"See how you look after you've had three kids!" said Shuli. "Gd willing."

"Well, if she could do it, I guess I could," I said. "She probably had her first when she was about my age, right?"

"I think so," said Avner.

Tomorrow I'm going to be the official baby holder at Elimelech's birthday party. I also need to buy a bathing suit, which I'm not looking forward to shopping for, but the party should be nice. I'm still sad about leaving my clients, but I know I need to move on.

I also need to do something to regain the upper hand with SB. (In the immortal words of George Costanza, "I had hand!") When I was juggling SB and Ikey, I was a little lukewarm on both of them. I had a very clear sense of their flaws and shortcomings. But after Ikey decided not to renounce the priesthood for my love, I've only had SB to focus on. Not that I haven't been looking for other options, but he's the only one I'm dating now. And I have no idea if he's anywhere near ready to get married. Whereas I am and I want to. This puts him in a superior position, strategically.

SB was trying a lot harder to make me like him right at the start. I found it annoying, but at least it showed his eagerness. He's gotten a lot calmer lately. I'm not saying he takes me entirely for granted, but he's not falling all over himself to impress me. And he's not constantly calling and texting me the way he used to. (He's also no longer poking on Facebook, but I think that's because I gave the impression that I found it annoying.)

So what do I do? I'll try to play by The Rules. Don't call, don't text, don't email. If he contacts me, only respond sporadically. This exploits what behavioral psychologists call an intermittent reinforcement schedule. Because the animal is only rewarded some of the time, it is spurred to perform the behavior more and more, in order to up the odds of being rewarded. Gambling is a great example of intermittent reinforcement: winning one hand, or one pull of the slots arm, can keep you playing (and losing) for hours.

SB is on Facebook right now. So am I. He hasn't IMed me, and I'm actually a little annoyed about that. But I'm not going to IM him. If he IMs me, or calls, or texts -- I'll respond. But I won't initiate anything.

We have plans for him to make me dinner Tuesday night and then drive me to the airport for my redeye flight out to the coast. I won't contact him before then. If he doesn't contact me -- well, then he's not the most reliable ride to the airport, and I'm best off finding that out sooner rather than later.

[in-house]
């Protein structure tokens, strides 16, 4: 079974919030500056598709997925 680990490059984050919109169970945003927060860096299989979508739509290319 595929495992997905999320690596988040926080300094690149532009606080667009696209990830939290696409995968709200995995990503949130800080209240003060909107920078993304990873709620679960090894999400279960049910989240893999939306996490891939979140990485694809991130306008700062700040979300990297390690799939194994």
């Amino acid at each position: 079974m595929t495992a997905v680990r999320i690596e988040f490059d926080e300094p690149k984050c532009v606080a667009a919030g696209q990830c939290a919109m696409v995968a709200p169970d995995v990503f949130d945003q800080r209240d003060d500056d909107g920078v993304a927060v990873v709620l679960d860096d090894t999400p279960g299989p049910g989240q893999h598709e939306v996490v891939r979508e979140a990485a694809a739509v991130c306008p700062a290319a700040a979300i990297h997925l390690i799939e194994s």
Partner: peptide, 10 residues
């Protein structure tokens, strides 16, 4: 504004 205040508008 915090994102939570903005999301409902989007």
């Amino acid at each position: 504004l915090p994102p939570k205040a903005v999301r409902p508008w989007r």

I hate playing games. But dating the way I have been for more than a decade -- wearing my heart on my sleeve -- has obviously gotten me nowhere. I'm trying to be more strategic in how I interview for jobs. Might as well practice behaving strategically in more than one domain of my life -- the only way to get really good at something.
Copyright (c) "Ayelet Survivor"

Thursday, May 15, 2008

Filed under, "This cannot possibly be happening."

I had a hard day at my internship. I had to say goodbye to a number of clients, whom I'm really going to miss, and someone stole the present I ordered for one of them. (Good thing I had a backup present at my desk in case she didn't like the one I had planned to give her.) I was on the verge of tears all day, and really looking forward to seeing SB tonight. I thought basically nothing but snuggling with him could make me feel better.

Then I saw a Facebook status update from one of my Friends, Mary Downtown, whom I don't really know. (She Friended me randomly a few weeks back; we have one Friend in common, Craig of craigslist. And I don't know him all that well either. But she asked to be my Friend and I agreed.)

Mary thinks it would be fun to run a television network.

Mary's not just blowing steam. She's a television producer. So I wrote on her wall:

If you ever run a TV network, I definitely have a show to pitch you ;)

Which I didn't, but I thought it would be funny.

She thought I was serious:

Pitch it to me anyway...believe it or not I have a pitching meeting next Wednesday with NBC.

Don't be publicizing that or my already full in box will explode! You can trust me. If it's good... ok great... we'll tweak it in time to toss it in as I'm only presenting one.